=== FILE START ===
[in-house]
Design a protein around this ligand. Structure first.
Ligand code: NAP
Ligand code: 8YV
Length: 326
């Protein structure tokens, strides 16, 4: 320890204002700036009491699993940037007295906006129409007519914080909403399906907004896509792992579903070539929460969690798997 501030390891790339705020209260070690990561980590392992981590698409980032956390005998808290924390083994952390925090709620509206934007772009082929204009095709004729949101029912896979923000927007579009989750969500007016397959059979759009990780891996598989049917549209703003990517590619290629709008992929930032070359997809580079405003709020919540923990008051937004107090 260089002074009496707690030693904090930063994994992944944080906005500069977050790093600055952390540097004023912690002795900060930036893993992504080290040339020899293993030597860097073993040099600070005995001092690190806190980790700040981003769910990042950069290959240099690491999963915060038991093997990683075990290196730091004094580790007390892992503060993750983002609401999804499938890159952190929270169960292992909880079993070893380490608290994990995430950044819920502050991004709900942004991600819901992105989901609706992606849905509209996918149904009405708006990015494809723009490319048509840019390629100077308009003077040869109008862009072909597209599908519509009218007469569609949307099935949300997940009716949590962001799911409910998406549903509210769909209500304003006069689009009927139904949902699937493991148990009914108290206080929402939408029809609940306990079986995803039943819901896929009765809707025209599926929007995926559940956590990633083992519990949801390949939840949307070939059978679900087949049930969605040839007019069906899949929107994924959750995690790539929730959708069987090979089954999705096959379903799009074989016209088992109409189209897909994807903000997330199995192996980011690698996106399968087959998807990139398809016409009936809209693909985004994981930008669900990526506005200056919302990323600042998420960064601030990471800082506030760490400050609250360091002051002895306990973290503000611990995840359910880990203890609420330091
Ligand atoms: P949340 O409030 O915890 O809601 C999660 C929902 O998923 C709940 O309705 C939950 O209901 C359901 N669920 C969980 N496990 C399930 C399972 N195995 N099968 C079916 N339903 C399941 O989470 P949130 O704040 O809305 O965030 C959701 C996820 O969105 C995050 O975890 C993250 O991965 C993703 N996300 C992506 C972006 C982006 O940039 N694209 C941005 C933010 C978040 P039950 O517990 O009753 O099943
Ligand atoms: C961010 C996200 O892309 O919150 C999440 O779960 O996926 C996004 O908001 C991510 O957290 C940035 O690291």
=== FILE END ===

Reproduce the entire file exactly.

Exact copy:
[in-house]
Design a protein around this ligand. Structure first.
Ligand code: NAP
Ligand code: 8YV
Length: 326
């Protein structure tokens, strides 16, 4: 320890204002700036009491699993940037007295906006129409007519914080909403399906907004896509792992579903070539929460969690798997 501030390891790339705020209260070690990561980590392992981590698409980032956390005998808290924390083994952390925090709620509206934007772009082929204009095709004729949101029912896979923000927007579009989750969500007016397959059979759009990780891996598989049917549209703003990517590619290629709008992929930032070359997809580079405003709020919540923990008051937004107090 260089002074009496707690030693904090930063994994992944944080906005500069977050790093600055952390540097004023912690002795900060930036893993992504080290040339020899293993030597860097073993040099600070005995001092690190806190980790700040981003769910990042950069290959240099690491999963915060038991093997990683075990290196730091004094580790007390892992503060993750983002609401999804499938890159952190929270169960292992909880079993070893380490608290994990995430950044819920502050991004709900942004991600819901992105989901609706992606849905509209996918149904009405708006990015494809723009490319048509840019390629100077308009003077040869109008862009072909597209599908519509009218007469569609949307099935949300997940009716949590962001799911409910998406549903509210769909209500304003006069689009009927139904949902699937493991148990009914108290206080929402939408029809609940306990079986995803039943819901896929009765809707025209599926929007995926559940956590990633083992519990949801390949939840949307070939059978679900087949049930969605040839007019069906899949929107994924959750995690790539929730959708069987090979089954999705096959379903799009074989016209088992109409189209897909994807903000997330199995192996980011690698996106399968087959998807990139398809016409009936809209693909985004994981930008669900990526506005200056919302990323600042998420960064601030990471800082506030760490400050609250360091002051002895306990973290503000611990995840359910880990203890609420330091
Ligand atoms: P949340 O409030 O915890 O809601 C999660 C929902 O998923 C709940 O309705 C939950 O209901 C359901 N669920 C969980 N496990 C399930 C399972 N195995 N099968 C079916 N339903 C399941 O989470 P949130 O704040 O809305 O965030 C959701 C996820 O969105 C995050 O975890 C993250 O991965 C993703 N996300 C992506 C972006 C982006 O940039 N694209 C941005 C933010 C978040 P039950 O517990 O009753 O099943
Ligand atoms: C961010 C996200 O892309 O919150 C999440 O779960 O996926 C996004 O908001 C991510 O957290 C940035 O690291």